Its construction was announced back in 2003, but opening game took place over a decade later. But when it finally opened its doors, the stadium was declared (by some) the most modern ground in all of Benelux.
May 2003 saw the presentation of early renderings and at that point Ghent mayor announced opening for mid-2006. But with no agreement between the city and private investors representing KAA Gent on future use of the stadium plot in southern Ghent, nothing happened.
Inauguration was rescheduled for mid-2007. But it wasn’t until early that year the demolition of local warehouses began. Construction again failed to start as nearby hospital authorities expressed concern over potential impact. An agreement with the hospital was reached at the time of planned opening.
Building permit came in January 2008, but it wasn’t until September 2008 that preparatory work began. And again no actual construction happened as financial insufficiencies became apparent.
The final agreement between the city, KAA Gent and Ghelamco developers came in June 2010 and work was restarted, seeing actual construction proceed from 2011. Once it took off, the stadium was delivered in just over 2 years, ready for opening in mid-2013. And despite not having a solid safety certificate until October, the stadium has been in use since July.
Best of Benelux?
When presented in 2003, the idea of Bontinck architects seemed very futuristic as it was the first such attempt at combining a stadium with an office building. But as years went by with minor progress in Ghent, similar mixes became a standard rather than innovation.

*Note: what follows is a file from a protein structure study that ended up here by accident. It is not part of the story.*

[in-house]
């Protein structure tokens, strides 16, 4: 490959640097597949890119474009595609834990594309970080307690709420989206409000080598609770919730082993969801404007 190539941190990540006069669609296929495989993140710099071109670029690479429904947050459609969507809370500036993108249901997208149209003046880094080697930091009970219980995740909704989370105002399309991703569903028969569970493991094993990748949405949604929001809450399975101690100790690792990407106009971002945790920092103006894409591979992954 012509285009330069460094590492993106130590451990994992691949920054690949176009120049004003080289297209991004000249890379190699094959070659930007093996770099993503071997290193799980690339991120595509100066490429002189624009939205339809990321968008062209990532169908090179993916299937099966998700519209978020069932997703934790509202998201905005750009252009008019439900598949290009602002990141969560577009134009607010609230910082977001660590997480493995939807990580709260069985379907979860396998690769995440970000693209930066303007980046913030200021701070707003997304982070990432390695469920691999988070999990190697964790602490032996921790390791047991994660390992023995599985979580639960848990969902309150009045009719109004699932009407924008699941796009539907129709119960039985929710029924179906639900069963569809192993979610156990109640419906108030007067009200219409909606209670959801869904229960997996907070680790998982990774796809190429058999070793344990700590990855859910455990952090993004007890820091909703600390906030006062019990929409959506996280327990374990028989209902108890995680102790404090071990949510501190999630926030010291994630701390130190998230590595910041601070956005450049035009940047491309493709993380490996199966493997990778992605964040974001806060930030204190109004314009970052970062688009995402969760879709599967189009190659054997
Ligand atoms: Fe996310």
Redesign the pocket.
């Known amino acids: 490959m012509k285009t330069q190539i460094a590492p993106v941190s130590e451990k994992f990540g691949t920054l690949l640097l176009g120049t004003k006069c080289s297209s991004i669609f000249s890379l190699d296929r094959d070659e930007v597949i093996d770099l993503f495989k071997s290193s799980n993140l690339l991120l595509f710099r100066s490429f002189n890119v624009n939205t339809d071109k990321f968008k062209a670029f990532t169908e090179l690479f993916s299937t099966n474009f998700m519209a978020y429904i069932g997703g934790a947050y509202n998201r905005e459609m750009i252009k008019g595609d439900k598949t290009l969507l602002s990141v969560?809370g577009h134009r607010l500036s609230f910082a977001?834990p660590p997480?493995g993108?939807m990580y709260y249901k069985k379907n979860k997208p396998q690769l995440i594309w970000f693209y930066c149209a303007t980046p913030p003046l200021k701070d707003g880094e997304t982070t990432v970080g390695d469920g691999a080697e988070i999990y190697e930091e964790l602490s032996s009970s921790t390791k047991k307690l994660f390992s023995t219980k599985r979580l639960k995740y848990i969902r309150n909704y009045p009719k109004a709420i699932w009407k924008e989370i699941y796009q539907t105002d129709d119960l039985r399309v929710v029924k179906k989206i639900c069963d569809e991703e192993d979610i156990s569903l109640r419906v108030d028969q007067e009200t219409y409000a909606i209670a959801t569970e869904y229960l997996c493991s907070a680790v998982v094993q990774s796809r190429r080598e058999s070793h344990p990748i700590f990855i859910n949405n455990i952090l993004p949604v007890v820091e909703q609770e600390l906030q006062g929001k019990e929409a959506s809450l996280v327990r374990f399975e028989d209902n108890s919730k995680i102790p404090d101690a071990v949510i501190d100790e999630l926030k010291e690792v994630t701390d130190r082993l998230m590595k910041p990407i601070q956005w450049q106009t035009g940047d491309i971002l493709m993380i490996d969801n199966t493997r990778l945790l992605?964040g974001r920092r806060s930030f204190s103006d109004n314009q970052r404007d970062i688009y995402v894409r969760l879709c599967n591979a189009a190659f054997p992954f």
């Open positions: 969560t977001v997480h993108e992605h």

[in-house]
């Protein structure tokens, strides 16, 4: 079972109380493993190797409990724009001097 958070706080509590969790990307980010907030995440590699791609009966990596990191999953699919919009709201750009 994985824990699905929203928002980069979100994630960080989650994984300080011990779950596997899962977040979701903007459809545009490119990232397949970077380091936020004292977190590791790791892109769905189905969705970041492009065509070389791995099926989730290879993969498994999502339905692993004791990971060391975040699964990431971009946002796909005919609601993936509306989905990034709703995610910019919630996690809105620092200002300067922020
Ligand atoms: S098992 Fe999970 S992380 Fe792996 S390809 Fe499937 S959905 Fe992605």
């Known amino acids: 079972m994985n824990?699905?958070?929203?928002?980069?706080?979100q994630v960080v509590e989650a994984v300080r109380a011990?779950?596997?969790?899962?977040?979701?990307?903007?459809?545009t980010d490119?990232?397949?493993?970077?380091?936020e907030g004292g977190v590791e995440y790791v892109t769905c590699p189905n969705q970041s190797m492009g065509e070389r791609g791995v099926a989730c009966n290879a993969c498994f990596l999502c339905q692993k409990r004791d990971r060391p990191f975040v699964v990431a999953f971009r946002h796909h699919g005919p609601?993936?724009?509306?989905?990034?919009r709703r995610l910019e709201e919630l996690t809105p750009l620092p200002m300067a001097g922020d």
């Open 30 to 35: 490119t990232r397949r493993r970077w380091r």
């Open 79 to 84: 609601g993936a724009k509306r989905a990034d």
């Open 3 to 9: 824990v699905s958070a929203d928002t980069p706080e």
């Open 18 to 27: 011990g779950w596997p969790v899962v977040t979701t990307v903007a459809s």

Still, despite the decade-long delay the stadium is very modern and most importantly the vision seems as feasible now as it did then. Called Arteveldestadion while under progress, the ground now has a naming rights contract with Ghelamco and is the main office for Optima Financial Planners. Though it has to be mentioned both organizations contributed to it being built in the first place.
Capacity just under 20,000 seems well planned for KAA Gent and is possible to expand in the future, while corporate zones at the main stand and above regular seats have no match throughout Belgium, giving KAA a decent handicap to build upon. There’s also the road accessibility and very decent parking infrastructure (1,500 bays just outside and 4,000 more with shuttle transport).
It should also become Belgium’s most ecological stadium with use of heating and matchday lighting optimized, rainwater collection system and a large surface of solar panels (13,000 sqm, to be installed atop the ground).